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Re: Bytewise u??_conv_from_encoding

From: Bruno Haible
Subject: Re: Bytewise u??_conv_from_encoding
Date: Wed, 05 Jan 2022 21:59:21 +0100

Hello Marc,

> > (A) Using a pipe at the shell level:
> >       iconv -t UTF-8 | my-program
> >
> > (B) Using a programming language that has a coroutines concept.
> >     This way, both the decoder and the consumer can be programmed in
> >     a straightforward manner.
> >
> > (C) In C, with multiple threads.
> >
> > (D) In C, with a decoder programmed in a straightforward manner
> >     and a consumer that is written as a callback with state.
> >
> > (E) In C, with a decoder written as a callback with state
> >     and a consumer programmed in a straightforward manner.
> >
> > > Thus, I am wondering whether it makes sense to offer a stateful
> > > decoder that takes byte by byte and signals as soon as a decoded byte
> > > sequence is ready.
> >
> > It seems that you are thinking of approach (D).
> > I think (D) is the worst, because writing application code in a callback
> > style with state is hard and error-prone. I would favour (E) instead,
> > if (A) is not possible.
> If I understand your classification correctly, I meant something more
> like (E) than (D), I think. As an interface, I would propose would be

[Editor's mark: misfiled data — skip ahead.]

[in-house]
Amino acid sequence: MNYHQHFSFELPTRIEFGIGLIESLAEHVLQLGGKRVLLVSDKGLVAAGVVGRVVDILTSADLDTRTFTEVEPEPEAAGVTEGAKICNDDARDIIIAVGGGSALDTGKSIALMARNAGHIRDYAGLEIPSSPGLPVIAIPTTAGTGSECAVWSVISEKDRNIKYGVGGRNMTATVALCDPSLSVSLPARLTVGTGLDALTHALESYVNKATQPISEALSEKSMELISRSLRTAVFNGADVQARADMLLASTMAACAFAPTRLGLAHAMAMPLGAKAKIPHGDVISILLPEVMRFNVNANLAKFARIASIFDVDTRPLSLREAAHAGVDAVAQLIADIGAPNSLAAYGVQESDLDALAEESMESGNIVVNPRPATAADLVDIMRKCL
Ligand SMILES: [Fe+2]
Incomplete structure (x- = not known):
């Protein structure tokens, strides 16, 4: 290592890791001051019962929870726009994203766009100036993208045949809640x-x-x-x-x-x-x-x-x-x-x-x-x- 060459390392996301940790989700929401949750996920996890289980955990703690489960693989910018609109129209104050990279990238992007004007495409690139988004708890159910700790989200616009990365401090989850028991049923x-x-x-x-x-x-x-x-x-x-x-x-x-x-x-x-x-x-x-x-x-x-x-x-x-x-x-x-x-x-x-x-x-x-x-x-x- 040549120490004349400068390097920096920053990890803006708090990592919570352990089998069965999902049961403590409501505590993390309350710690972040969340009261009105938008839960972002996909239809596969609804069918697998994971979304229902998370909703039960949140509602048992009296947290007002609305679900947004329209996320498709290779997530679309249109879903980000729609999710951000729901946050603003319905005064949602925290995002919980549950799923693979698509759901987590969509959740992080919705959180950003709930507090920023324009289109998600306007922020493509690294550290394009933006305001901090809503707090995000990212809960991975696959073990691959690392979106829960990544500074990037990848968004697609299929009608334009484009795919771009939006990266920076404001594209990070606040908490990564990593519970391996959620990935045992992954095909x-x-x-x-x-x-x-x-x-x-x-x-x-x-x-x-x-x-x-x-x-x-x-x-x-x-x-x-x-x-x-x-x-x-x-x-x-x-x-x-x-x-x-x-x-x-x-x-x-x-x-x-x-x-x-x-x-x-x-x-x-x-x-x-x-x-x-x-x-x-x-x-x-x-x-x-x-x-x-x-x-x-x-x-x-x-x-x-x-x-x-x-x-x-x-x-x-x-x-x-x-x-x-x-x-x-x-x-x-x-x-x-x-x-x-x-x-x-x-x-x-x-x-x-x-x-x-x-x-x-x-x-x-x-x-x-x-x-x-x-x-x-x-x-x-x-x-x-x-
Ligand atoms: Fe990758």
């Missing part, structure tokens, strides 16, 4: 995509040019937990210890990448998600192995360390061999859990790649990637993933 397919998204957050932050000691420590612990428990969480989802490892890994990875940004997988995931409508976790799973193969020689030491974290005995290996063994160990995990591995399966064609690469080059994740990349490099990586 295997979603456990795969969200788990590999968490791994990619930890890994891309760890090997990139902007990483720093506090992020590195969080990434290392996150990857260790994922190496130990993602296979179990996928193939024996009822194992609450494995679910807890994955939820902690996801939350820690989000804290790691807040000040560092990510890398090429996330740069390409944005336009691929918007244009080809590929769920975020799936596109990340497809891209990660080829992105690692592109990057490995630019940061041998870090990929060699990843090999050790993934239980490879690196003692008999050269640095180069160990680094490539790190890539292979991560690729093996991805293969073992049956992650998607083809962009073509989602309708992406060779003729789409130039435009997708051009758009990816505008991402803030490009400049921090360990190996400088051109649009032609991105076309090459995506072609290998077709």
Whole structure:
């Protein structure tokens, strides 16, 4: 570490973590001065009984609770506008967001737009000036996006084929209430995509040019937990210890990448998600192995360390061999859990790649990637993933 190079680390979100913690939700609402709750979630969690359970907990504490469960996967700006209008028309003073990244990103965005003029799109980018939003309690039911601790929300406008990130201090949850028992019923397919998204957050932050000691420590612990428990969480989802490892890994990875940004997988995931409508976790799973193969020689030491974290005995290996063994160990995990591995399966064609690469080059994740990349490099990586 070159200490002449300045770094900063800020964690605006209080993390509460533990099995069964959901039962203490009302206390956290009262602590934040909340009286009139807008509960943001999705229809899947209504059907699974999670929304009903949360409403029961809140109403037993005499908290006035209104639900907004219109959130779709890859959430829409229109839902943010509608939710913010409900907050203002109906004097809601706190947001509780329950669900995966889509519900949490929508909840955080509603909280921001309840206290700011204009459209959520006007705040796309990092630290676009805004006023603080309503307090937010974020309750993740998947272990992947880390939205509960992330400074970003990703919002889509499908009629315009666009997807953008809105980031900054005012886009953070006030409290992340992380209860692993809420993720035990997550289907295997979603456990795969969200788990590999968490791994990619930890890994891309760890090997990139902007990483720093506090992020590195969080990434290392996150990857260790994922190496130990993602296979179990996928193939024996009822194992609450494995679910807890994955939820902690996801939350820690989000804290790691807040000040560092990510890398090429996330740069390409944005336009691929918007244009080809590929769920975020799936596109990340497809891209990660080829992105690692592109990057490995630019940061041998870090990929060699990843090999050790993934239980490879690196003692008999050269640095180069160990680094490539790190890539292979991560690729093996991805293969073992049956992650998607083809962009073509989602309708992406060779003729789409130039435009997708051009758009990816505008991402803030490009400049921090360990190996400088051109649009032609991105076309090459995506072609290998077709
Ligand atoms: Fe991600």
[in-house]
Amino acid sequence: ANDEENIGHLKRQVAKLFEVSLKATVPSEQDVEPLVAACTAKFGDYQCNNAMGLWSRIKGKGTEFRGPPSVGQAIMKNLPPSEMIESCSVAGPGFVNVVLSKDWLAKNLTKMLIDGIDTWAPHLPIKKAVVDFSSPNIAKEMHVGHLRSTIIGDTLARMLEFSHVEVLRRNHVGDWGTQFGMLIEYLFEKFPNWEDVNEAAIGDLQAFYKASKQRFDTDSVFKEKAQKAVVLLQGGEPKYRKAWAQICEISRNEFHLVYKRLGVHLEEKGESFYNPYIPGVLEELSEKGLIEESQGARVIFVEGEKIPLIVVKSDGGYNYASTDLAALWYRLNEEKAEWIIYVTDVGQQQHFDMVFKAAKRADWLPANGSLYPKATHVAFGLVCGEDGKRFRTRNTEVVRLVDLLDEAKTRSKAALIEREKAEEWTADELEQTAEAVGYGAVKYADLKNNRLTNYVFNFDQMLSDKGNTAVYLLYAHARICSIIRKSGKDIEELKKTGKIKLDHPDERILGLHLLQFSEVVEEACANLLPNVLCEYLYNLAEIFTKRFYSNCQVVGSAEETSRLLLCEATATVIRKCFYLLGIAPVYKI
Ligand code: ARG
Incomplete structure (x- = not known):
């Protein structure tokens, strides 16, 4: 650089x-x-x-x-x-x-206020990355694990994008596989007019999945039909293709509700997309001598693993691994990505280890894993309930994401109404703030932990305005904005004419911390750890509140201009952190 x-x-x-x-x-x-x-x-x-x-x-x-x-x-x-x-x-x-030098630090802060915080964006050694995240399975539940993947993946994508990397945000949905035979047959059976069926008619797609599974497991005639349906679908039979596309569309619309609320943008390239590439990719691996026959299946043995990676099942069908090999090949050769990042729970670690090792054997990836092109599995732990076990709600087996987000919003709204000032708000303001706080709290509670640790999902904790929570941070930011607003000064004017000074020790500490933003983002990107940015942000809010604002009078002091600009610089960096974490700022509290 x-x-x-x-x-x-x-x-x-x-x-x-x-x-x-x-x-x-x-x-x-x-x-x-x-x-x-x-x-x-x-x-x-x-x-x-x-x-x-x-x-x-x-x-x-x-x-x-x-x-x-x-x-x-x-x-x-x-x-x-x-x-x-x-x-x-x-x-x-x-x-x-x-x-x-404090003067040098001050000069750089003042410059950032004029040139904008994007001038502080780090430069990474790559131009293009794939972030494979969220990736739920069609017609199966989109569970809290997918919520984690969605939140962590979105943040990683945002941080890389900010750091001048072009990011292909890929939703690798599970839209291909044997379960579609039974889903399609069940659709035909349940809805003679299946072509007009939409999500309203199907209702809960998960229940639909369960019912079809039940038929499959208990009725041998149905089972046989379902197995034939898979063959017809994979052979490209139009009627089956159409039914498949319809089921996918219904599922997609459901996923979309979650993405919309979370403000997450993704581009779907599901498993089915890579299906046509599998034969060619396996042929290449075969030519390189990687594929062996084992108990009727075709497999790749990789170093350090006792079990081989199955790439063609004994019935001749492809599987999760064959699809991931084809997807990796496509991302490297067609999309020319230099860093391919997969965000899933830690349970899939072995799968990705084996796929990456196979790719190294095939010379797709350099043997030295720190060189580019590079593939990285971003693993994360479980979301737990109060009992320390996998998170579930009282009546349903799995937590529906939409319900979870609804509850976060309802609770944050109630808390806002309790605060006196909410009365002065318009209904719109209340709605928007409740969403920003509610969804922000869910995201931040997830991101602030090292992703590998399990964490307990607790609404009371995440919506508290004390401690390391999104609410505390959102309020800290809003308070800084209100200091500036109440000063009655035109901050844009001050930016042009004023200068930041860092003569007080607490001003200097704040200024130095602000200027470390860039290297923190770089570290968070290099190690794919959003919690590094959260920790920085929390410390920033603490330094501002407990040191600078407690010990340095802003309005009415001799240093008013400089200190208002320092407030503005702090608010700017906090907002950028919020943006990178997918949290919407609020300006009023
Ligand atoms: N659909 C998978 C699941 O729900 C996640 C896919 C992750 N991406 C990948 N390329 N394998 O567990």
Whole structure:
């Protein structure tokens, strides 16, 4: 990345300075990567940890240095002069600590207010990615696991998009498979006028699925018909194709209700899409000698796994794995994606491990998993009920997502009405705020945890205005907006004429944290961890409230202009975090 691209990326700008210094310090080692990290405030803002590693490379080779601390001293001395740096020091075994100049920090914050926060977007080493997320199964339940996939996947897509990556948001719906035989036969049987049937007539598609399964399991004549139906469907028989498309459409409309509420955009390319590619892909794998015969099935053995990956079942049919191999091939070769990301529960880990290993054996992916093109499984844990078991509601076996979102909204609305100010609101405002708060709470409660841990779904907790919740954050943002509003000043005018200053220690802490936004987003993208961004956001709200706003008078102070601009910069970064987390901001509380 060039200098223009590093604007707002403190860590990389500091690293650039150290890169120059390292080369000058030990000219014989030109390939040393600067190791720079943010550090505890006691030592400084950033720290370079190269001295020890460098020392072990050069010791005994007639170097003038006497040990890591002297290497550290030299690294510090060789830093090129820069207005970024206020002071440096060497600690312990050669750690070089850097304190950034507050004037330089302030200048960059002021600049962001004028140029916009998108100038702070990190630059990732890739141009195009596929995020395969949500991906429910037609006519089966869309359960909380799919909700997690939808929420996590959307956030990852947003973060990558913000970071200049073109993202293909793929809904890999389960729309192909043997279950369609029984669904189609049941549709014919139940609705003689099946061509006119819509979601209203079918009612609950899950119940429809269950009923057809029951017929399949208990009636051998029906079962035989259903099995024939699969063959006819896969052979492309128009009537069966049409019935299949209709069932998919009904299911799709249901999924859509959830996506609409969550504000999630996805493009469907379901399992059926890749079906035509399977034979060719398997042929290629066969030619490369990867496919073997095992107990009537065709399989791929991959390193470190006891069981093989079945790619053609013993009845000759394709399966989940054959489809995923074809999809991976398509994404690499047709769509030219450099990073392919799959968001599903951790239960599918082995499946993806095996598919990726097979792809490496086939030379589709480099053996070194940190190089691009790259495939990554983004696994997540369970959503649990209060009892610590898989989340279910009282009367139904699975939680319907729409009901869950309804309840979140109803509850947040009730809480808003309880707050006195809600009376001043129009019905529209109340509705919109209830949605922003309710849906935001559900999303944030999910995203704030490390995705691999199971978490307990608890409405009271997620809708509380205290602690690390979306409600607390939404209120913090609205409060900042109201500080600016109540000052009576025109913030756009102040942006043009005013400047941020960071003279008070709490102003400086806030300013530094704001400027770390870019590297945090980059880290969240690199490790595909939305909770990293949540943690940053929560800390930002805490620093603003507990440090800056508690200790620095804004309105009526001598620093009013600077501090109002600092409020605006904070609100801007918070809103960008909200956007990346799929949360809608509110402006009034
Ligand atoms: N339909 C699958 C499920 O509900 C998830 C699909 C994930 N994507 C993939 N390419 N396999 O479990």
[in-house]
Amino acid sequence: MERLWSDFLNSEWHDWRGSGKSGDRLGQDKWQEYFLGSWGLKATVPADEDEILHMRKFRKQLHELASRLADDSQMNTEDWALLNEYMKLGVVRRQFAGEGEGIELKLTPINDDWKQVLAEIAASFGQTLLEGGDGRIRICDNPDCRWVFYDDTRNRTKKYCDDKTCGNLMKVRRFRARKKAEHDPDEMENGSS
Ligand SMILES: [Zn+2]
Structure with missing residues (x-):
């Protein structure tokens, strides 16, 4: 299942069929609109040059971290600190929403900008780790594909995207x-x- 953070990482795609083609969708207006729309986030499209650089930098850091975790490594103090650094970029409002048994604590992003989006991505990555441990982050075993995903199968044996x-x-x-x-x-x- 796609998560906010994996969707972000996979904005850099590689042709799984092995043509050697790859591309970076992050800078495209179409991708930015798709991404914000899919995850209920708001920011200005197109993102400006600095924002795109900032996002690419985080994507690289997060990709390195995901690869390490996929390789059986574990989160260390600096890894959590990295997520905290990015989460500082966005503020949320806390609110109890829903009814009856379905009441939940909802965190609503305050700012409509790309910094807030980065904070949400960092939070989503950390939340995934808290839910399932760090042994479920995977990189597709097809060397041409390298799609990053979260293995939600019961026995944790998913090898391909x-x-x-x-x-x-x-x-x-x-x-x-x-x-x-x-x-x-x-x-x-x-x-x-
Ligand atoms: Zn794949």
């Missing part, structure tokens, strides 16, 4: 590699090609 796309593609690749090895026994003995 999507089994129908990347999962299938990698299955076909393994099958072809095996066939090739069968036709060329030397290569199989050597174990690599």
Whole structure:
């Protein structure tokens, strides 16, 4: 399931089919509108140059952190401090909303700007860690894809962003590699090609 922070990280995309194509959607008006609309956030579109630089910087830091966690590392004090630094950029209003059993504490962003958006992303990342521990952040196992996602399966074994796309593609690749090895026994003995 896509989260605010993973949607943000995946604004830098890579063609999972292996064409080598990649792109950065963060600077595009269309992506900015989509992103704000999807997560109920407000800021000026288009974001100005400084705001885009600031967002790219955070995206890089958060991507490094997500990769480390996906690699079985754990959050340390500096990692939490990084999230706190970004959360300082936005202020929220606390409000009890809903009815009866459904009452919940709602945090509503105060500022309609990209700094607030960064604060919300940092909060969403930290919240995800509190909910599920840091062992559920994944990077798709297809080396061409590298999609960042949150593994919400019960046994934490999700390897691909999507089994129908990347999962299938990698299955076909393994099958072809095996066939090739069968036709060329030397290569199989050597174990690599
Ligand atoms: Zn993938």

> something along the following lines:
> decoder_t d = decoder_create (iconveh_t *cd);
> switch (decoder_push (d, byte))
>   {
>     char *res = decoder_result (d);
>     size_t len = decoder_length (d);
>     ...

What does the programmer do here with res and len? This is where things
get complex.

>   case DECODER_EOF:
>     ...
>     ...
>     ...
>   }
> ...
> decoder_destroy (d);

What you describe here is (D), in my view.

(E) would look like this:

  extern decoder_t create_decoder_context (void);
  extern void push_bytes_into_decoder (const char *p, size_t n, decoder_t);
  extern void free_decoder_context (decoder_t);

> > (B) means to use a different programming language. I can't recommend C++ 
> > [1].
> The main problem I see with C++'s coroutines is that they are
> stackless coroutines; their expressiveness is tiny compared to
> languages with full coroutine support, to say nothing of programming
> languages like Scheme with its first-class continuations.

It doesn't surprise me. 'constexpr', another new addition to C++, similarly
does only a fraction of what would be useful.

> > (C) is possible, but complex. See e.g. gnulib's pipe-filter-ii.c or
> > pipe-filter-gi.c. Generally, threads are overkill when all you need are
> > coroutines.
> I agree. Unfortunately, Posix's response to dropping makecontext and
> friends seems to be to use threads. It would be great if C had a
> lightweight context-swapping mechanism.

Maybe. I think setcontext() has a severe problem; see

> By the way, libunistring's u??_conv_from_encoding does not seem to be
> adapted to consuming buffers. The problem is that one doesn't know in
> advance where boundaries of multi-byte sequences are so
> u??_conv_from_encoding will likely signal a decoding error.

Yes, u??_conv_from_encoding is made for converting entire strings.
If you want to restart conversion after some bytes that are part of
a multibyte character, you need the low-level iconv().


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